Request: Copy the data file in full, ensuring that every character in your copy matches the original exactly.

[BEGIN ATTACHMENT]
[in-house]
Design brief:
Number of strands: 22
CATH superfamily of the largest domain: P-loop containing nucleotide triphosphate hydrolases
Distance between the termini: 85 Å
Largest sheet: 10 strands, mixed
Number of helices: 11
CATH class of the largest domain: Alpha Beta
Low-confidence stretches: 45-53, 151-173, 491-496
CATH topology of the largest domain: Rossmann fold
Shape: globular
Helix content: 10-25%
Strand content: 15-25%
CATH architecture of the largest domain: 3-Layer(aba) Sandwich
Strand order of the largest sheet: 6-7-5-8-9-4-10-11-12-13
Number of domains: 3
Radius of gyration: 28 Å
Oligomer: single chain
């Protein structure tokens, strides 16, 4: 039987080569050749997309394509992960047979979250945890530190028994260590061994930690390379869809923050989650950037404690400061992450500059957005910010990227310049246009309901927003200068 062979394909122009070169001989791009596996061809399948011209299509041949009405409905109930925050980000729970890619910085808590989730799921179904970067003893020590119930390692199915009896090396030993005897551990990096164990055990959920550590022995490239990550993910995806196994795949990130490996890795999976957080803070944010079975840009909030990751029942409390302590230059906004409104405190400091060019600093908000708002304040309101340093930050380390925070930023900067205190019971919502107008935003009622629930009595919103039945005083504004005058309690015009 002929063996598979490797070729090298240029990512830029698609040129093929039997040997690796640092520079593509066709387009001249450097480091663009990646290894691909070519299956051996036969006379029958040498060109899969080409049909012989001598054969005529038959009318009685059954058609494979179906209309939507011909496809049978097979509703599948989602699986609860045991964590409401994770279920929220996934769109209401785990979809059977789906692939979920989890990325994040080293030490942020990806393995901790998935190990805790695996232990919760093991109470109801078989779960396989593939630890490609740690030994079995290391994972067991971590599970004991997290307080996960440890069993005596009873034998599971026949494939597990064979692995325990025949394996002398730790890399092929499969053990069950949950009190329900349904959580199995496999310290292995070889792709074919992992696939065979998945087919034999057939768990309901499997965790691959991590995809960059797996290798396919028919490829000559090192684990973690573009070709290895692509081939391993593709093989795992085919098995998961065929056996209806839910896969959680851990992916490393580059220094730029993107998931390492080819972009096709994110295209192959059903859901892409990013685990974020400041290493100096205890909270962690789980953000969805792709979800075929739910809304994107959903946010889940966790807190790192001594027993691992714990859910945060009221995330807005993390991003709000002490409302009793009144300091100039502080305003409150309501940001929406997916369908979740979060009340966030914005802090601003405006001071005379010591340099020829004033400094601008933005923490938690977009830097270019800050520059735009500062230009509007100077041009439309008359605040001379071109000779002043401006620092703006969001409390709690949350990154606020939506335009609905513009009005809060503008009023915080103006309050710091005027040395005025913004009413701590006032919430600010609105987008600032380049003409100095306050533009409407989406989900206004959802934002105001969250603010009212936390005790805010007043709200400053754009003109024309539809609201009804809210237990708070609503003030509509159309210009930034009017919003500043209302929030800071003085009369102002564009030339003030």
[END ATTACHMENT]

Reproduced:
[in-house]
Design brief:
Number of strands: 22
CATH superfamily of the largest domain: P-loop containing nucleotide triphosphate hydrolases
Distance between the termini: 85 Å
Largest sheet: 10 strands, mixed
Number of helices: 11
CATH class of the largest domain: Alpha Beta
Low-confidence stretches: 45-53, 151-173, 491-496
CATH topology of the largest domain: Rossmann fold
Shape: globular
Helix content: 10-25%
Strand content: 15-25%
CATH architecture of the largest domain: 3-Layer(aba) Sandwich
Strand order of the largest sheet: 6-7-5-8-9-4-10-11-12-13
Number of domains: 3
Radius of gyration: 28 Å
Oligomer: single chain
């Protein structure tokens, strides 16, 4: 039987080569050749997309394509992960047979979250945890530190028994260590061994930690390379869809923050989650950037404690400061992450500059957005910010990227310049246009309901927003200068 062979394909122009070169001989791009596996061809399948011209299509041949009405409905109930925050980000729970890619910085808590989730799921179904970067003893020590119930390692199915009896090396030993005897551990990096164990055990959920550590022995490239990550993910995806196994795949990130490996890795999976957080803070944010079975840009909030990751029942409390302590230059906004409104405190400091060019600093908000708002304040309101340093930050380390925070930023900067205190019971919502107008935003009622629930009595919103039945005083504004005058309690015009 002929063996598979490797070729090298240029990512830029698609040129093929039997040997690796640092520079593509066709387009001249450097480091663009990646290894691909070519299956051996036969006379029958040498060109899969080409049909012989001598054969005529038959009318009685059954058609494979179906209309939507011909496809049978097979509703599948989602699986609860045991964590409401994770279920929220996934769109209401785990979809059977789906692939979920989890990325994040080293030490942020990806393995901790998935190990805790695996232990919760093991109470109801078989779960396989593939630890490609740690030994079995290391994972067991971590599970004991997290307080996960440890069993005596009873034998599971026949494939597990064979692995325990025949394996002398730790890399092929499969053990069950949950009190329900349904959580199995496999310290292995070889792709074919992992696939065979998945087919034999057939768990309901499997965790691959991590995809960059797996290798396919028919490829000559090192684990973690573009070709290895692509081939391993593709093989795992085919098995998961065929056996209806839910896969959680851990992916490393580059220094730029993107998931390492080819972009096709994110295209192959059903859901892409990013685990974020400041290493100096205890909270962690789980953000969805792709979800075929739910809304994107959903946010889940966790807190790192001594027993691992714990859910945060009221995330807005993390991003709000002490409302009793009144300091100039502080305003409150309501940001929406997916369908979740979060009340966030914005802090601003405006001071005379010591340099020829004033400094601008933005923490938690977009830097270019800050520059735009500062230009509007100077041009439309008359605040001379071109000779002043401006620092703006969001409390709690949350990154606020939506335009609905513009009005809060503008009023915080103006309050710091005027040395005025913004009413701590006032919430600010609105987008600032380049003409100095306050533009409407989406989900206004959802934002105001969250603010009212936390005790805010007043709200400053754009003109024309539809609201009804809210237990708070609503003030509509159309210009930034009017919003500043209302929030800071003085009369102002564009030339003030």